What’s perhaps most notable is that the book manages to function quite well as a #1 all on its own, as it doesn’t require readers to be familiar with the events of the final issue of Nightwing (in which Batman sends Grayson on this mission) and Forever Evil and Batman Inc. There’s a handy four-panel recap of Dick’s New 52 history, but, for the most part, it’s a fully functional standalone book.
Whether one likes it or not — and there’s some rather fine artwork, the best I’ve seen from Janin — there’s no denying the title has a distinct hook that differentiates it from the rest of the Bat-books, and a story arc that’s genuinely suspenseful (at the very least, one has to wonder how DC will put Grayson back in a Nightwing costume and restore his secret identity once this series’ premise has played out).
Finally, this week DC has another series debut, which also deals with intelligence agencies, the Russian government and Batman-related characters: New Suicide Squad, which is basically just the just-canceled Suicide Squad relaunched with a new #1, new creative team and slightly altered title, a la a Marvel book (I’m kinda surprised they didn’t just go ahead and call it All-New Suicide Squad).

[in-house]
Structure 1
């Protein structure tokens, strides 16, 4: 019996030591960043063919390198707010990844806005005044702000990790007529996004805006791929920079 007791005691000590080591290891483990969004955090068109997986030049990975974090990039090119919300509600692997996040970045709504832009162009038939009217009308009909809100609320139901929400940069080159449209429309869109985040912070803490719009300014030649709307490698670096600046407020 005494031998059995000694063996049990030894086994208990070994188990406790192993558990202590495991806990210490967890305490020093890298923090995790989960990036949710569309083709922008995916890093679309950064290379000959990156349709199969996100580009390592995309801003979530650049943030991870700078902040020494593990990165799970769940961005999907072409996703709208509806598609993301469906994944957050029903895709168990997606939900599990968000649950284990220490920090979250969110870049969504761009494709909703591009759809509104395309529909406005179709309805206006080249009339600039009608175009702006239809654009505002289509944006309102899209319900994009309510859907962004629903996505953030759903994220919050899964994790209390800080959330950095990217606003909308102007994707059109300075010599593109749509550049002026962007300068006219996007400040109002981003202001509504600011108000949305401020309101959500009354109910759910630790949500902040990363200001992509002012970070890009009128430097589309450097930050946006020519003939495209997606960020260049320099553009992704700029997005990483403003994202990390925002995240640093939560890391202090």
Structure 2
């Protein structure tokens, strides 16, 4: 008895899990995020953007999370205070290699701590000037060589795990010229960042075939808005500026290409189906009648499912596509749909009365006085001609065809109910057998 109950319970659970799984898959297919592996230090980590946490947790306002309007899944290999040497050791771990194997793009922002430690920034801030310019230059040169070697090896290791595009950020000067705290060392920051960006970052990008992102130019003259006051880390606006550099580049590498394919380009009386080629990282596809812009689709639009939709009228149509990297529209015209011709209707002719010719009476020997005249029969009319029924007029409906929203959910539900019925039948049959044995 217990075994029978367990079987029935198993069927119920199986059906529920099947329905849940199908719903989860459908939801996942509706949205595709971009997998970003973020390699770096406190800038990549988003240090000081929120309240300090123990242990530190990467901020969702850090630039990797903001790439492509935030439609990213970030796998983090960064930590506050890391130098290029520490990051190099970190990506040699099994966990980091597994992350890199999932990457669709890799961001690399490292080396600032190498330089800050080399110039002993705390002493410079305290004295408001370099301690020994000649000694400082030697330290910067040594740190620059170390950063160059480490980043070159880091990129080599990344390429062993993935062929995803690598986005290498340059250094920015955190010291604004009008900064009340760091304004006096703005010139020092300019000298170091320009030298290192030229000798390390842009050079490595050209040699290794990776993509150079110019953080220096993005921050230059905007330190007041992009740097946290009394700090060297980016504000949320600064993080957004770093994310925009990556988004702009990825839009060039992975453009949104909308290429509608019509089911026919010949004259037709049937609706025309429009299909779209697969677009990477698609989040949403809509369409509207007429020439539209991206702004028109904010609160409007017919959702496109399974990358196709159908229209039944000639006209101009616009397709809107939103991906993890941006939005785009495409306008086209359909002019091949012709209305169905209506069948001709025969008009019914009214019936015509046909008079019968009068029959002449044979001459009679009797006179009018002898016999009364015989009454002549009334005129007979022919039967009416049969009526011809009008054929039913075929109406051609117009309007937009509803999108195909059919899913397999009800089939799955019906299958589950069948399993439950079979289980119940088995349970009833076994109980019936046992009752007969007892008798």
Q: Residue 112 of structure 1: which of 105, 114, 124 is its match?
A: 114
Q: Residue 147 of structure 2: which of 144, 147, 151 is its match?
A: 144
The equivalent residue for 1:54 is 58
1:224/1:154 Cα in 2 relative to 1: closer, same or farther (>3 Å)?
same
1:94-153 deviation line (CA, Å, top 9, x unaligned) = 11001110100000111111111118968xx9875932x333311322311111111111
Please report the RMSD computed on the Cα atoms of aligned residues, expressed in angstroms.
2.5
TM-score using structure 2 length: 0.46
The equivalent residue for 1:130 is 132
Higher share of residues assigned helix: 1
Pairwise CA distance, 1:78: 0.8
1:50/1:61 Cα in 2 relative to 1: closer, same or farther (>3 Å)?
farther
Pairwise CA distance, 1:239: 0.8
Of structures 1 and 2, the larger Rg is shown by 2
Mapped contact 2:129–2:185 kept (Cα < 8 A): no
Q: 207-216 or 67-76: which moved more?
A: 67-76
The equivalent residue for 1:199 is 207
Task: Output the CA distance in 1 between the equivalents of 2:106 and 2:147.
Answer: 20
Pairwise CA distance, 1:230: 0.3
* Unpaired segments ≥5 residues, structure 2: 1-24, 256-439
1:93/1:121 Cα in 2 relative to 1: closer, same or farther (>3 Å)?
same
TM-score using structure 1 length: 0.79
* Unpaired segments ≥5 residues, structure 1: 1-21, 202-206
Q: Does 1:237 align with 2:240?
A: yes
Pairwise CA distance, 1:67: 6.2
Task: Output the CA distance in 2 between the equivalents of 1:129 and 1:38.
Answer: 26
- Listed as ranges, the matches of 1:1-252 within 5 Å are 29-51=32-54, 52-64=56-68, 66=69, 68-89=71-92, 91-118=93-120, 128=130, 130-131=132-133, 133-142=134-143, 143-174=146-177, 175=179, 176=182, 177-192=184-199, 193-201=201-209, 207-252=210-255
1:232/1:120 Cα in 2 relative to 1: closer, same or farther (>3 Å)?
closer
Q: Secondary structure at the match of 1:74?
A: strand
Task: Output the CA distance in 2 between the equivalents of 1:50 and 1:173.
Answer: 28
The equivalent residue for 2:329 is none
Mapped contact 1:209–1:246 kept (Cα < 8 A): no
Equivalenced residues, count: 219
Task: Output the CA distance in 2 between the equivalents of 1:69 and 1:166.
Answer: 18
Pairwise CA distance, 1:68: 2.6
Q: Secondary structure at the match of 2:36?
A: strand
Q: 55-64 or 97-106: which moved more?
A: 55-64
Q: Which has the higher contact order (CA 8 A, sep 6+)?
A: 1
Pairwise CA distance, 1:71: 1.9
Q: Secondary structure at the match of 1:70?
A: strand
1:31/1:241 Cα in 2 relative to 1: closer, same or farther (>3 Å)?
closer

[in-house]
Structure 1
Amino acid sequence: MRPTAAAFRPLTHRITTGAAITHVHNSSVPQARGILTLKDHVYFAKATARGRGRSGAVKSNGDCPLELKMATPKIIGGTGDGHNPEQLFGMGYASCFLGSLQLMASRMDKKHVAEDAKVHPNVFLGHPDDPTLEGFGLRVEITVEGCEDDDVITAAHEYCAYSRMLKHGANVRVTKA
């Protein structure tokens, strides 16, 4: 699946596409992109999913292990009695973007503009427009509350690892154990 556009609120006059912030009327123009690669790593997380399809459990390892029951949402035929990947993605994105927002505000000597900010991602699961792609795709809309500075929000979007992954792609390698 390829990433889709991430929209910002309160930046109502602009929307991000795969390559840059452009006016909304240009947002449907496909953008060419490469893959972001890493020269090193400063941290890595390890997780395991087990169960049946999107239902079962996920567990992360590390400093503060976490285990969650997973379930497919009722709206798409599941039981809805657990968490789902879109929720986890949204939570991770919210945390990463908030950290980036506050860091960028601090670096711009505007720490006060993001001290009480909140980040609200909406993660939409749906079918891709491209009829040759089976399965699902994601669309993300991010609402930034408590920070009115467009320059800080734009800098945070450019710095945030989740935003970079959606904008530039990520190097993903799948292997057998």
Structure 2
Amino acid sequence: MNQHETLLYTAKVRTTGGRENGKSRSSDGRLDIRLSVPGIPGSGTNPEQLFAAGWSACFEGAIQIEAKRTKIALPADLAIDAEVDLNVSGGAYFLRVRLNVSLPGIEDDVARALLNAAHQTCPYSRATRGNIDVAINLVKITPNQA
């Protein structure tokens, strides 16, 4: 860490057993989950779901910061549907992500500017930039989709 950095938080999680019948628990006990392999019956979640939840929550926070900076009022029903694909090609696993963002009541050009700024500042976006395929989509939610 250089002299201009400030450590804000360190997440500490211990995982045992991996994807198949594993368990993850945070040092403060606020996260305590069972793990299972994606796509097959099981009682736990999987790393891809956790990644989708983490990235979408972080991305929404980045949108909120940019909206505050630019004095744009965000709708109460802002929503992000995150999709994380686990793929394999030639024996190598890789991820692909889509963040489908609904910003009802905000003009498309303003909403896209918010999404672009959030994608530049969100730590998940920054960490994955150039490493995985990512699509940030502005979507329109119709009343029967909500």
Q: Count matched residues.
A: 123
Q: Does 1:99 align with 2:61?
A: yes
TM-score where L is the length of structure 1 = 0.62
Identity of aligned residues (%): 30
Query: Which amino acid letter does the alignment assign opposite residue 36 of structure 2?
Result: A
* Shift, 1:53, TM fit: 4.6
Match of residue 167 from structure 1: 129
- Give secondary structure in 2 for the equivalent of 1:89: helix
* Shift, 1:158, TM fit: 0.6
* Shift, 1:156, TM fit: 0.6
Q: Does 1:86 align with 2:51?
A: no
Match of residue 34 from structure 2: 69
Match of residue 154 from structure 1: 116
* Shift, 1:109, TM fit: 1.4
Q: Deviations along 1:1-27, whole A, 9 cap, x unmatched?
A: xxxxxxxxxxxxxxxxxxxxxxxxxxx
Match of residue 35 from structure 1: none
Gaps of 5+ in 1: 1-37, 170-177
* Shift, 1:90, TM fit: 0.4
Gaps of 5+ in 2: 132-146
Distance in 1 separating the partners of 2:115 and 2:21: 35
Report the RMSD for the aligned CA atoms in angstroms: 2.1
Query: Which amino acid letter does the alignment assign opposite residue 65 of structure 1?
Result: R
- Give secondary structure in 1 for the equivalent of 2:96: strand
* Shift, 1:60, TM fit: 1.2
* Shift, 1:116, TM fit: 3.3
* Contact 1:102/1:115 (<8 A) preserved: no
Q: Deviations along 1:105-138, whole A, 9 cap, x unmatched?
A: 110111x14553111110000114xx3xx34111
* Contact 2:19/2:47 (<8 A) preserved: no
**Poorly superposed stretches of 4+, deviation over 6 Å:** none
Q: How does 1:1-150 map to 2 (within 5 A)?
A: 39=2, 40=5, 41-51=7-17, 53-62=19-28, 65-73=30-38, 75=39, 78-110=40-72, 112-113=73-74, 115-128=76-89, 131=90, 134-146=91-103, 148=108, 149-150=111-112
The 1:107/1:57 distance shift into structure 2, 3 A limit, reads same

This first issue of the new Suicide Squad series is many times better than the first issue of the previous new Suicide Squad series: If you’ve forgotten, that issue featured a half-dozen supervillains being brutally tortured for 22 pages until one of them breaks. And that was it. That was the whole issue.
Here the premise is that easy-to-loathe, cocky government hotshot Victor Sage has assumed some level of control over Amanda Waller’s “Task Force X,” and assembled a new team. Well, new-ish. He’s keeping Harley Quinn and Deadshot, but adding another scantily clad, Joker-derived character (The Joker’s Daughter) and another armored assassin whose costume covers one eye (Deathstroke). Also, Black Manta’s there.